Boost Your Page Load Speed: Using Lazy Loading for Images

14 Sept 23


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If you want your website to load fast and stay fast, then lazy loading images is the best way to go about this. 

Image-heavy websites with long-scrolling pages can use lazy loading for images to control how image content appears on web browsers as the user interacts with their sites. Doing this will enhance your page’s performance and speed and create a positive, lasting impression on users who demand quick access to a site’s content.

In this article, we’ll cover the following:

  1. What lazy loading is
  2. We’ll have a look at lazy loading images in action
  3. The benefits of lazy loading images on your website
  4. How to lazy load an image

Let’s begin this journey with the definition of lazy loading, and then its significance.

What is lazy loading?

In general, lazy loading is a technique that websites use to optimize page load time. This technique allows you to display (or, load) page content that is required immediately when a user visits your website. The remaining page content awaits loading only when the user needs it.

This implies the rest of the page’s content is only displayed if a user scrolls down a page or interacts with them. This process is called lazy loading because it delays the loading of a page's content until it is required.

Some of the most common resources that are lazy-loaded include images, videos, and other multimedia elements. For the purpose of this guide, we’ll show you how to lazy load an image. Feel free to jump to this section to lazy load your images on your website.

Lazy loading is a common feature in websites with long-scrolling web pages. You’ve likely seen it before when in the Google Images section or on news websites. Let’s have a look at lazy loading in action.

Then, as scroll further down the page, Google loads placeholder images instead of real images. These placeholders (hidden content) take less time to load than fully rendered content. The real images quickly load when their placeholder comes into view (i.e., when you scroll down).

If you’ve noticed, lazy loading for images is particularly beneficial for image-heavy websites (or even sites with video galleries).

The benefits of lazy loading images on your website

The following are some of the benefits of lazy loading images on your website:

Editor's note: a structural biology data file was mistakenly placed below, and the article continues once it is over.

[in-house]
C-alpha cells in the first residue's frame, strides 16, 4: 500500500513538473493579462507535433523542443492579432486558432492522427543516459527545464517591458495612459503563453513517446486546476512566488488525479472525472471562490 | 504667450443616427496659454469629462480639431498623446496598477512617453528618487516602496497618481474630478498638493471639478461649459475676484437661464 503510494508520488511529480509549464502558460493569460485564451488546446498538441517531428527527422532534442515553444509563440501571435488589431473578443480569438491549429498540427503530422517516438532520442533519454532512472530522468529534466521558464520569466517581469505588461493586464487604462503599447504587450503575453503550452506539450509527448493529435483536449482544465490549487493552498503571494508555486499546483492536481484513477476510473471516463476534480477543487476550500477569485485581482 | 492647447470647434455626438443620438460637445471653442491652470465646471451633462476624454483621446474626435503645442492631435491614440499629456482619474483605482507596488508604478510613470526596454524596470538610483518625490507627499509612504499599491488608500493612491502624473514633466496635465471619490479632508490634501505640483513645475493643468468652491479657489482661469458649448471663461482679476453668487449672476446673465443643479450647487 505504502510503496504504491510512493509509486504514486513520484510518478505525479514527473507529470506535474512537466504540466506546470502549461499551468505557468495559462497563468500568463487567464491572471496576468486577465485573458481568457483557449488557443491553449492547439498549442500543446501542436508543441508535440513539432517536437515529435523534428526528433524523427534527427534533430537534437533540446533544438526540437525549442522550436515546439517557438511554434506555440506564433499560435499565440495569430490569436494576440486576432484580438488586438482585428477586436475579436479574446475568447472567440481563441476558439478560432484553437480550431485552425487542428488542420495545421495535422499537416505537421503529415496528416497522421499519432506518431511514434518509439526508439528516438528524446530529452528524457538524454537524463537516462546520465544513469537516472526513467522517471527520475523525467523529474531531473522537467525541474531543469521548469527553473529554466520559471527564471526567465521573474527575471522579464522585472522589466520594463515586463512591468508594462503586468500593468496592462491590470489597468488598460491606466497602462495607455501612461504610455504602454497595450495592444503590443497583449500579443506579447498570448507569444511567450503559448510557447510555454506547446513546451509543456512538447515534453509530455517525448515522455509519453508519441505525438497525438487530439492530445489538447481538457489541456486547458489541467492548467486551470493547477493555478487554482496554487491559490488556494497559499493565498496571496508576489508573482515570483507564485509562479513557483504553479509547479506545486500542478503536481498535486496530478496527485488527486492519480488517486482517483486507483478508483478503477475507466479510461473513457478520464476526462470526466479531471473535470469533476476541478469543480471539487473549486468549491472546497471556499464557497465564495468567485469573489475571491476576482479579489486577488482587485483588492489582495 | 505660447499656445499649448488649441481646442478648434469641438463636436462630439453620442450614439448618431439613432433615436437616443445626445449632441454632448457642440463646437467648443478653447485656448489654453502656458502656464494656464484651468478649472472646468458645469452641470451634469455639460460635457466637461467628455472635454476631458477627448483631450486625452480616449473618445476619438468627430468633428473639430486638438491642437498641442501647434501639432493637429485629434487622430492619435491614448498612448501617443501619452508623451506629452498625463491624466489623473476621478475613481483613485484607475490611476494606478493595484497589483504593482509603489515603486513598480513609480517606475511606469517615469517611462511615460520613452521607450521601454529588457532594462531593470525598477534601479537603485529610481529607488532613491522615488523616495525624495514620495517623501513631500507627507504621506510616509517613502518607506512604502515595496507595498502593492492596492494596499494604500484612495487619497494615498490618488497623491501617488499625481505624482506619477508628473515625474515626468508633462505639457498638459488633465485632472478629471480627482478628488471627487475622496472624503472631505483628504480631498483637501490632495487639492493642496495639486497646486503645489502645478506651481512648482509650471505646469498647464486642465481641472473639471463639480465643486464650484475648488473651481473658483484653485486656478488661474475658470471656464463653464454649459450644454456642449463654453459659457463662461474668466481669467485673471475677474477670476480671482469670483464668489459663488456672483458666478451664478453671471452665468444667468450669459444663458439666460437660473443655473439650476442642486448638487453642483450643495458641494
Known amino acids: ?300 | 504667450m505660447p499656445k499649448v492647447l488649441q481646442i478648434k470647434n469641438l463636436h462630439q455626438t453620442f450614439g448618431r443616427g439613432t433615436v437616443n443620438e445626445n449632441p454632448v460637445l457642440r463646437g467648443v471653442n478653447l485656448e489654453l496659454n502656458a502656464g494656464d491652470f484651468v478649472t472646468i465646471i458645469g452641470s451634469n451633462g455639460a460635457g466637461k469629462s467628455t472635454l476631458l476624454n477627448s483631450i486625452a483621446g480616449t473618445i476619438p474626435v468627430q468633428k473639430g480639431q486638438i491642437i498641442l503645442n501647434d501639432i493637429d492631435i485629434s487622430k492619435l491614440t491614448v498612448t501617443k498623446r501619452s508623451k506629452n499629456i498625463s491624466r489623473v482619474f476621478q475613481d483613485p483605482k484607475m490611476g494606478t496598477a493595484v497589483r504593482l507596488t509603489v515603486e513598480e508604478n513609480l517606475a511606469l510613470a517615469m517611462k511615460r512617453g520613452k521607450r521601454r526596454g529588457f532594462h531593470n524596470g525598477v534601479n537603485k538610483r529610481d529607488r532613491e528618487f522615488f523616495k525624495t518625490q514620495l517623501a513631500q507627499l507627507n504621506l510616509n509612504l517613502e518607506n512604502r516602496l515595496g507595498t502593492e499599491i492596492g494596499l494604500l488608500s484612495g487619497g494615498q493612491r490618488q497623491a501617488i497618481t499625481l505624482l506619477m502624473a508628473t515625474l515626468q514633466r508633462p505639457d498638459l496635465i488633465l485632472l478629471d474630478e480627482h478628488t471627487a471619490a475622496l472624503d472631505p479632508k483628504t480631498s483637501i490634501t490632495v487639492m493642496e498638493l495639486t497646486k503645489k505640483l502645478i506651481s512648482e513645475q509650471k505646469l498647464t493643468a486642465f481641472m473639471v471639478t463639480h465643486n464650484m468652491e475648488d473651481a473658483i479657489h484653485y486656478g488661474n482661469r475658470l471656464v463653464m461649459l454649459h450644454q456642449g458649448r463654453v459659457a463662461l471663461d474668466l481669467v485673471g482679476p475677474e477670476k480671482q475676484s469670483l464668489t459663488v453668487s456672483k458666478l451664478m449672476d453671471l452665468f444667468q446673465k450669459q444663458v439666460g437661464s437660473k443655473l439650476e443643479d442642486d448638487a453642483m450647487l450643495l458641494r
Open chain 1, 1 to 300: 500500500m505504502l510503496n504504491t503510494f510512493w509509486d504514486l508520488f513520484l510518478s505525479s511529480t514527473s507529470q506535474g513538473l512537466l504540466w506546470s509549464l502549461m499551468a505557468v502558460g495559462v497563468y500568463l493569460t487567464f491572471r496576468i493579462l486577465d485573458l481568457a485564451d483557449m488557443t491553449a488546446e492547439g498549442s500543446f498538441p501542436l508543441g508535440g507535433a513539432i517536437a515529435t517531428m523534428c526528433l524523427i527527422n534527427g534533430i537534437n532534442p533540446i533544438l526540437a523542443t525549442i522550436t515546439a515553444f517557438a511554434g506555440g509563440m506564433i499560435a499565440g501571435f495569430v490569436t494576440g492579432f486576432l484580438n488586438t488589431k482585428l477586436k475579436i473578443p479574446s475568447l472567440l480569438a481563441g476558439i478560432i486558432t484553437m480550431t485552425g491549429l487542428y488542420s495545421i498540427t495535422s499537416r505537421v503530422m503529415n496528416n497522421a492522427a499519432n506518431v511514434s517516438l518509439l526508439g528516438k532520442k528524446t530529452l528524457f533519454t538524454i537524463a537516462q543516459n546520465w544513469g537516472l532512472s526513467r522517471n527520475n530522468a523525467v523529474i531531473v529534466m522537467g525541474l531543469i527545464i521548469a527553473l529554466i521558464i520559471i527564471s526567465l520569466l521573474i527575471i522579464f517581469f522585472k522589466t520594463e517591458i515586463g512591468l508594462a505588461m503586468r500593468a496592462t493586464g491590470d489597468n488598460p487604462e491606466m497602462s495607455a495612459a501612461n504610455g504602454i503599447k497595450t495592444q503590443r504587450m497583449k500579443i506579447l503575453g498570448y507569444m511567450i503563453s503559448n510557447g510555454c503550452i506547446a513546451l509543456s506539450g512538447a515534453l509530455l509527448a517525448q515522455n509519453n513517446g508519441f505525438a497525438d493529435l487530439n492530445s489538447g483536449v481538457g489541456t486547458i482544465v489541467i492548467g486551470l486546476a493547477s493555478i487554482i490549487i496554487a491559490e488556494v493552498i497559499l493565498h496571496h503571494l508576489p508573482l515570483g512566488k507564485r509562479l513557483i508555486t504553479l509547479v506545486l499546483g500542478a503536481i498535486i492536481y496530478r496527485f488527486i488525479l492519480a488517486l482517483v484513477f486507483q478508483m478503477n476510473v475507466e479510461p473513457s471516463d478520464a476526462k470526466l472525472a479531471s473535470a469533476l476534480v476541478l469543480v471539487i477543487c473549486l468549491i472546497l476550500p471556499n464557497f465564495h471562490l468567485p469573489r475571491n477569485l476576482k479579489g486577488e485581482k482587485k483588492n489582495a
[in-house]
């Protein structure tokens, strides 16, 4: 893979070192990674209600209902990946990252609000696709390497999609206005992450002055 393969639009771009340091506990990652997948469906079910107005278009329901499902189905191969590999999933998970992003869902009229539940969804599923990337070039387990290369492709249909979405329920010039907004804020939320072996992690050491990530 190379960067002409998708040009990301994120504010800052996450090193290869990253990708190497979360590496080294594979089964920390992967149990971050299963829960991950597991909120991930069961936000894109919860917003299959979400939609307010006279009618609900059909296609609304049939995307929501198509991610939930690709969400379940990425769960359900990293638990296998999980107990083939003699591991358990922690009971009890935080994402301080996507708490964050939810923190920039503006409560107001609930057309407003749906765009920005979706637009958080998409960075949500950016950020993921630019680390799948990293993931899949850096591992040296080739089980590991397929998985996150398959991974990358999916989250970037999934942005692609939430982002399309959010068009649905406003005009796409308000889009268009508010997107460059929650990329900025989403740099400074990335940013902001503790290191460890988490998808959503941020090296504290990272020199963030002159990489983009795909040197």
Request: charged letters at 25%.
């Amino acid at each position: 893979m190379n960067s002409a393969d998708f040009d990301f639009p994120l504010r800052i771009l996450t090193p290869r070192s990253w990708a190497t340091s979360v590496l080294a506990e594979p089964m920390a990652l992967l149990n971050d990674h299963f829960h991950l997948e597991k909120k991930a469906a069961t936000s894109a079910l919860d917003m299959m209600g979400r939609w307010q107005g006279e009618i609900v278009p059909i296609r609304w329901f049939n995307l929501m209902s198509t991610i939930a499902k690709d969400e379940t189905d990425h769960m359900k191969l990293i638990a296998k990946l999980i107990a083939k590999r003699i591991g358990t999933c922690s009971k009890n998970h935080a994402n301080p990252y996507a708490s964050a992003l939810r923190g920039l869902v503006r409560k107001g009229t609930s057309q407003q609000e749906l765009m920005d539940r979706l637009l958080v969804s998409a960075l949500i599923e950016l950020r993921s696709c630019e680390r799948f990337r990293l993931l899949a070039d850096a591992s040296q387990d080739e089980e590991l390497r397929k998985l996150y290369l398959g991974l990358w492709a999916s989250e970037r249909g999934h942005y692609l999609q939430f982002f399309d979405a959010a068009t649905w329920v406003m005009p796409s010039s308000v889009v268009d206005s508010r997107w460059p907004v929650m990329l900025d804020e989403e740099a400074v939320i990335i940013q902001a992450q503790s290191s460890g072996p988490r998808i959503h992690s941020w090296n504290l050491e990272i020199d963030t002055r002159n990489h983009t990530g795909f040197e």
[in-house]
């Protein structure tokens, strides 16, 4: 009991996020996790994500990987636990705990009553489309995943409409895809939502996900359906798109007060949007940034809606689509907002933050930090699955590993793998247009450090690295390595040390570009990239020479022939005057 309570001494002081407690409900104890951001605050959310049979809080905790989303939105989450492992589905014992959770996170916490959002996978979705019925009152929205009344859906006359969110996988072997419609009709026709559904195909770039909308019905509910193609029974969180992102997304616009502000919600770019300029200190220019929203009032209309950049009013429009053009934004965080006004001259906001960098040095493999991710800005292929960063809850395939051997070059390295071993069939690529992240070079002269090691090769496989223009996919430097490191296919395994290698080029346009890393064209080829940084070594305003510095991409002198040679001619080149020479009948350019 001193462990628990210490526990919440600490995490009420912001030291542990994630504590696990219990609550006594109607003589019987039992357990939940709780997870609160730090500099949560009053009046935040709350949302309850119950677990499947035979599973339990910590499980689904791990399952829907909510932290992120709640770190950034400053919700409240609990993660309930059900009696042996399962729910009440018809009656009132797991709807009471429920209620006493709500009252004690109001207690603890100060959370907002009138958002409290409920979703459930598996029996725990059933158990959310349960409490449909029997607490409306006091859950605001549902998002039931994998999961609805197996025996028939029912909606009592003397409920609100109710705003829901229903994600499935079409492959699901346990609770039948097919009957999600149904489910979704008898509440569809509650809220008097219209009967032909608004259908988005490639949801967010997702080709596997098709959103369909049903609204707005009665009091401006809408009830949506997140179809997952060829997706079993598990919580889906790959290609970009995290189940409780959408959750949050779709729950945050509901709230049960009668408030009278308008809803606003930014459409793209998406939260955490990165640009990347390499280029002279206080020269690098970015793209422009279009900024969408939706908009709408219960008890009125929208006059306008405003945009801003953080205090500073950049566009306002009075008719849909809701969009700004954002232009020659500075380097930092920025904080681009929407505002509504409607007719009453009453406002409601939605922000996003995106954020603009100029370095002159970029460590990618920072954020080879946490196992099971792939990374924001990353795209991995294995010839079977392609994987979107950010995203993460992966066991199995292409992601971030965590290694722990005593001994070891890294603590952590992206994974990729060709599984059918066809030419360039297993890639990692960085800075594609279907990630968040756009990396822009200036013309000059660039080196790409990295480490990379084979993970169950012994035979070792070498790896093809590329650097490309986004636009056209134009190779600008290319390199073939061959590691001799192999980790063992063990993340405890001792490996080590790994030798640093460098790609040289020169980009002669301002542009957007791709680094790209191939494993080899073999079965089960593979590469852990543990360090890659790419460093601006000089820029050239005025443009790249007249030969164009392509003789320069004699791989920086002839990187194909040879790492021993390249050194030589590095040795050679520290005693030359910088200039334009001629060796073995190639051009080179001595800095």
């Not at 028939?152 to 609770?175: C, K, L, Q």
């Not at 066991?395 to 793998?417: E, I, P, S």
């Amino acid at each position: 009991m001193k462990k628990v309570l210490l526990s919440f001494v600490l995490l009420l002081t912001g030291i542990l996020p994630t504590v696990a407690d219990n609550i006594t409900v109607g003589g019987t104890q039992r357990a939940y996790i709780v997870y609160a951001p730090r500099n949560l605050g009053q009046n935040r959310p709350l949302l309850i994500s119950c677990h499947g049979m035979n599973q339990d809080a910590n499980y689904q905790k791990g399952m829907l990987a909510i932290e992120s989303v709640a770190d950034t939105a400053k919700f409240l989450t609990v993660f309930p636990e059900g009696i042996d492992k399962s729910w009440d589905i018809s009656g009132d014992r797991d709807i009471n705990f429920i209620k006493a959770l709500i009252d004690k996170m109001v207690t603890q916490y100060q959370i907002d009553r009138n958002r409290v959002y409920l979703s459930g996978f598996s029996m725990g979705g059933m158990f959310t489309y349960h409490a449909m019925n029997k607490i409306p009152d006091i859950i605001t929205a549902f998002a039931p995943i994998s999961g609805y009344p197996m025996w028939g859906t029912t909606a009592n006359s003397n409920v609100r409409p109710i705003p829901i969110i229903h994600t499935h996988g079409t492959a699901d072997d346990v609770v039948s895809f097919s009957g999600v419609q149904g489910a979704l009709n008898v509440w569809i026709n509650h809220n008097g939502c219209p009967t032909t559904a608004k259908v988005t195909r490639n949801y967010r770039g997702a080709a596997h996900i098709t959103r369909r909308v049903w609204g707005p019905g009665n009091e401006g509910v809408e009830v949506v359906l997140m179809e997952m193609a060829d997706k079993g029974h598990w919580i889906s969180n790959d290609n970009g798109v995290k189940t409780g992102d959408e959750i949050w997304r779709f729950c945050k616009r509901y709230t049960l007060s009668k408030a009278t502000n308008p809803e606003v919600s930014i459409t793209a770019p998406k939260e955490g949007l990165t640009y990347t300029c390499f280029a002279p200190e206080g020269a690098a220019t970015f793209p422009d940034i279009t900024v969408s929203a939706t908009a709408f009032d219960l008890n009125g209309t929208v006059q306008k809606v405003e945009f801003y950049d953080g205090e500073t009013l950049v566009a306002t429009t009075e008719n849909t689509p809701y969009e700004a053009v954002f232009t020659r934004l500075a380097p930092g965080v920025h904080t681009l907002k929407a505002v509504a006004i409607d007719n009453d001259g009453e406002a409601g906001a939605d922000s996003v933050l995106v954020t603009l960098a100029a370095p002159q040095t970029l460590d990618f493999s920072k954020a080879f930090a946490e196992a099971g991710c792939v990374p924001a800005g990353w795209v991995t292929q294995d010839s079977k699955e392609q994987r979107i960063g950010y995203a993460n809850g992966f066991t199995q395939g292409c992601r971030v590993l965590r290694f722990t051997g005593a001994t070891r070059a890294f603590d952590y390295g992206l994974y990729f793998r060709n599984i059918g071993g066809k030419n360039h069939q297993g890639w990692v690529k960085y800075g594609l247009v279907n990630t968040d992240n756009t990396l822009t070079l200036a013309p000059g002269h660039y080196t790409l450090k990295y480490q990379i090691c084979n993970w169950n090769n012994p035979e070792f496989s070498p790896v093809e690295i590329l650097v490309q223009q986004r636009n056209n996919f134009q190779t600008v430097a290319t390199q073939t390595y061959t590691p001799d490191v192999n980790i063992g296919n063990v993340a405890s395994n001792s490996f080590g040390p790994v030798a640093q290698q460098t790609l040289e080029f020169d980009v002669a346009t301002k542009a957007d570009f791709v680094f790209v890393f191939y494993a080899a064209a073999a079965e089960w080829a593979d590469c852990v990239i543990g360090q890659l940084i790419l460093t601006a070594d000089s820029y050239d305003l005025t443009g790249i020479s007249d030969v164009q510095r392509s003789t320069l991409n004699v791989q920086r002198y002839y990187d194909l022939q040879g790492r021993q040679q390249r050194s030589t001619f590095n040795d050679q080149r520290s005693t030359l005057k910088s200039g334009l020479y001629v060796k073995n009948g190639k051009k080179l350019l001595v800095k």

Faster initial page load time

Lazy loading speeds up the initial page load by postponing the loading of non-visible images; images that are not in the above-the-fold area. This is part of the web page that is shown before scrolling. When your site loads faster, it results in:

Improved user experience – Users appreciate a smooth and responsive browsing experience specifically on image-heavy websites. Using lazy loading for images allows images on your website to load quickly as users scroll, creating a seamless experience right from start to finish.

Reduced bounce rate (and increased user engagement) – Impatient users are more likely to leave a page that doesn't load quickly. 

Lazy loading helps reduce bounce rates by ensuring that the core content and functionality appear promptly, encouraging users to stay on your site longer and explore further. 

Enhanced SEO – Lazy loading images on your website will also have a positive impact on your search engine rankings. The faster your website loads, the higher it ranks on search results.

Reduced data usage (Bandwidth conservation)

Since lazy-loaded images(offscreen images) are loaded until they’re required, site users will consume less data when they visit your website. This is beneficial for both you and your site visitors. You’ll pay less for loading fewer items and your users won’t need as much data to load your webpages. Even on slower internet connections, your website is likely to perform at its best.

Efficient use of server resources

Since the server doesn't have to deliver all images upfront, it can handle more simultaneous requests from users, improving the overall scalability and reliability of your website.

Works well with infinite scrolling

As in the Google Images example, lazy loading is particularly useful when implementing infinite scrolling on websites or single-page applications. Social media sites do this all the time to grab our attention.